-- Scotty (BLehman202@aol.com), February 28, 1999.
Get a grip, Mommie, and stop singing the rich woman's blues - you're "pleading poverty with a loaf of bread under each arm", as the saying goes. You've got it made, except for possibly one thing - how's your relationship with God? If you haven't got that straightened out, that's could be why you feel the way you do.
Or, it could be that you're just one of those well-off folks who got where they are by crushing others on your way "up". If so, then it's possible that your anxiety is well-merited... ever hear of karmsa? Nothing you can do may be able to save you WTSHTF, if you came by what you have at the expense of others. Lots of that going around....
-- quitcomplaining (firstname.lastname@example.org), February 28, 1999.
My wife got it right away and began preping. Bought her a .38 took her shooting and she got that right away, about 60 yards with a snub nose and she put rounds right on target. Don't underestimate your ability to figure it out. NRA course would be a good idea for you and yours if you have no experience with firearms.
Wife is somewhat anxious about all this however. She's been having nightmares about bad guys coming around our country home, talking in her sleep about it etc.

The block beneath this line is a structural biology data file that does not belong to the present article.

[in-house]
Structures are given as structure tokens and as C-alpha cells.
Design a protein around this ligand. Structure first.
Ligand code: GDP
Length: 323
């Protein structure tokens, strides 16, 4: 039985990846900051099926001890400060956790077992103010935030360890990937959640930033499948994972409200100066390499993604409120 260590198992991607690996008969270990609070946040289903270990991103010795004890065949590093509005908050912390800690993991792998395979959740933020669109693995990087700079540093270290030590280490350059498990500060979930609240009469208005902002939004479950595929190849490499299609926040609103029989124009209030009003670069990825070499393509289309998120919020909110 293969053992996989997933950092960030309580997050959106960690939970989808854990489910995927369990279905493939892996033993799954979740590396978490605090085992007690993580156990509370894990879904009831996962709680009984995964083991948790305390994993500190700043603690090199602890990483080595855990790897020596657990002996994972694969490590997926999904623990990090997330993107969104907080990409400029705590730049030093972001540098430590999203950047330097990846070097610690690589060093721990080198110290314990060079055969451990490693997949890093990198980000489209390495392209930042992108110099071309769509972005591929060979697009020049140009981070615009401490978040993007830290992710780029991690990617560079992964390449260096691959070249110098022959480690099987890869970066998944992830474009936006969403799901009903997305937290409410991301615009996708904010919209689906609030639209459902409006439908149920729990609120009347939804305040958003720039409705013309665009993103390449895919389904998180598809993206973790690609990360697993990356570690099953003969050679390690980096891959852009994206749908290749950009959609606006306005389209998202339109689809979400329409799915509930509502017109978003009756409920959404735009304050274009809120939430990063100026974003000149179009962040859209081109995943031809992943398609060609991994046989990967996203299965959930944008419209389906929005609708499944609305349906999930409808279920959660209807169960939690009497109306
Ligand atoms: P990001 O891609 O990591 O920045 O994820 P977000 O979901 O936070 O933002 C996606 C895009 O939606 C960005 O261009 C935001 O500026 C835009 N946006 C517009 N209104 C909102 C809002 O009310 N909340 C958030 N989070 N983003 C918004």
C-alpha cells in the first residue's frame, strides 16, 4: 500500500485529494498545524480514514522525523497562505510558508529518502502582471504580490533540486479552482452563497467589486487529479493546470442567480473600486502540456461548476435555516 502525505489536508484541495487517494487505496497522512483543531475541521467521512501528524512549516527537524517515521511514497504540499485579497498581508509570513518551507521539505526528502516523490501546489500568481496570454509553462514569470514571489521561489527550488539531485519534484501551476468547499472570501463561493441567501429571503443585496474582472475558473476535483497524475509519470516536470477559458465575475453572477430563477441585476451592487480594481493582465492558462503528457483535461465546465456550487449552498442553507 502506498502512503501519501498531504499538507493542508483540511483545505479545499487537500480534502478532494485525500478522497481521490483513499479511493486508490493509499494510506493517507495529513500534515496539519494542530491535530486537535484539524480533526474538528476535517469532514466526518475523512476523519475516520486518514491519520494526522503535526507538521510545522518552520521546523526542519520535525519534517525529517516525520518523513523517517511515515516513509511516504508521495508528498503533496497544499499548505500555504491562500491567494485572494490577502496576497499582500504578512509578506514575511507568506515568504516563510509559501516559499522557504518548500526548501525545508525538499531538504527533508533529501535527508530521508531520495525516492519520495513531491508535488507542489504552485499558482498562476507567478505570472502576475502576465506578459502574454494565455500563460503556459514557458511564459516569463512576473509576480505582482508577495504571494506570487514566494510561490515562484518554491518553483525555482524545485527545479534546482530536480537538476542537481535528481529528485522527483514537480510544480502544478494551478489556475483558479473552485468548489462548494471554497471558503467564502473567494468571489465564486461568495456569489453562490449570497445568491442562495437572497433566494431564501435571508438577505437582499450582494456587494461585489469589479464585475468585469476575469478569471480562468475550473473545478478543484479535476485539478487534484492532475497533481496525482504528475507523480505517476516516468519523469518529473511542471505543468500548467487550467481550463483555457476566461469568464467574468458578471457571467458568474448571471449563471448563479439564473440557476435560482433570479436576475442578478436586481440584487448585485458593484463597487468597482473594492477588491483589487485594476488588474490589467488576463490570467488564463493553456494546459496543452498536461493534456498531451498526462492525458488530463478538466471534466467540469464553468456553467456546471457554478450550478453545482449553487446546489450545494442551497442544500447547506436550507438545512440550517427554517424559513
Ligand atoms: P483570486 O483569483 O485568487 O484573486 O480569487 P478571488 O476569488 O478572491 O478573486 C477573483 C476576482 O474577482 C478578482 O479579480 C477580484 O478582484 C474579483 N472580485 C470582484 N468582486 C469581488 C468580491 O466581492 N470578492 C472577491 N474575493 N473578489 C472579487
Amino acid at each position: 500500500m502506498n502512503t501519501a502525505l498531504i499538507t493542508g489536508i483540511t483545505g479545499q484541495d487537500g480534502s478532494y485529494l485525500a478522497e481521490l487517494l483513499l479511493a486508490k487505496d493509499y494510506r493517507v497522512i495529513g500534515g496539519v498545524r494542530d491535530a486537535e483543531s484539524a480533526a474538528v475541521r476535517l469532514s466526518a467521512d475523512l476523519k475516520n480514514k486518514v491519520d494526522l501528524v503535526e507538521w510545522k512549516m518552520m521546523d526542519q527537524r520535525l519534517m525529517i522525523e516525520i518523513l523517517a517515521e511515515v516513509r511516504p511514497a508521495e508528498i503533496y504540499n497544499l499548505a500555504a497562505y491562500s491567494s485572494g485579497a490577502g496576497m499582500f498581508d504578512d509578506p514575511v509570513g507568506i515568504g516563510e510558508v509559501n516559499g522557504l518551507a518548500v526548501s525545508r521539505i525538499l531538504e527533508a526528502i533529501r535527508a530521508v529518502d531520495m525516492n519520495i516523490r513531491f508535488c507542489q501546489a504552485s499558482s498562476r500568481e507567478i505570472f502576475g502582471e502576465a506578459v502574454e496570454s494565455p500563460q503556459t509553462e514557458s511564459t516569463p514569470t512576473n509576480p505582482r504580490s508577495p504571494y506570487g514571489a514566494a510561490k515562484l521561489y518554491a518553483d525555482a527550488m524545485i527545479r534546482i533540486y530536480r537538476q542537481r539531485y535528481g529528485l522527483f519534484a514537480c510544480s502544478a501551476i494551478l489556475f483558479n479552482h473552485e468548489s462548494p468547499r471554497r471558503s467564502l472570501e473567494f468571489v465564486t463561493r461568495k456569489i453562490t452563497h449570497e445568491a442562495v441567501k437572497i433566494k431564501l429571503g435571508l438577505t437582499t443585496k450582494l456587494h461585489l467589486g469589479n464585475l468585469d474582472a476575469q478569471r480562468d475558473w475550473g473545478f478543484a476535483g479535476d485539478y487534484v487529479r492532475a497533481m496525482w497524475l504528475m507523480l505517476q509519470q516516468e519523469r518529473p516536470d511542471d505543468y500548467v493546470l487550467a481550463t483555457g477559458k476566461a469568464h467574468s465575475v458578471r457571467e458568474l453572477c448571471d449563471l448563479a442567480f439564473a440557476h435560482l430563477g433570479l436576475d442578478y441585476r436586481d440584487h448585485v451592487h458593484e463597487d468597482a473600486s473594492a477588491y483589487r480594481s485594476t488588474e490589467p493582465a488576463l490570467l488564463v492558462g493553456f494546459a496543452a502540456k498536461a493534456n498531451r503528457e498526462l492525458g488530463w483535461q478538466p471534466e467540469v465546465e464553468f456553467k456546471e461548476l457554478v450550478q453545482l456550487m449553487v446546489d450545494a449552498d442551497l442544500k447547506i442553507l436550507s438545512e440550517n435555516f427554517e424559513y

Ever read about the Pioneers heading West? Women played every bit as much and important a part as men did.
-- Mark Hillyard (email@example.com), February 28, 1999.
National Rifle Association
-- Mark Hillyard (firstname.lastname@example.org), February 28, 1999.
MW - pretty much everyone has said it. I'll just add that the Kubler- Ross stages of grief pertain to y2k awareness. Depending on your personality some of those stages at times can get quite intense. They are normal, just go along with the flow, knowing that everything passes in time. Even the nightmares, depressions, blues, anger, and numbness. This is the time to cultivate within and without. Without will give you a garden, orchard, friendly neighbors, possibly even a prepared neighborhood. Within will give you the calm fortitude, direction, depth of connectedness, and the calm, dispassionate larger view necessary if one is going to have to make life and death calls while watching the world change in a terrible way outside of our normal ability to control.
-- Mitchell Barnes (email@example.com), February 28, 1999.
Take a Vitamin Bcomplex immediately!
-- Betty Arnspiger (Barn266@aol.com), February 28, 1999.
MW, you've had so many good answers, I almost didn't bother. But unless I've overlooked it, one answer is missing : uncertainty.
You've prepared for everything that you can think of, but it's what you don't think of that would be your downfall, and you know it. So you read here, hoping that someone will point out what it is that you've missed.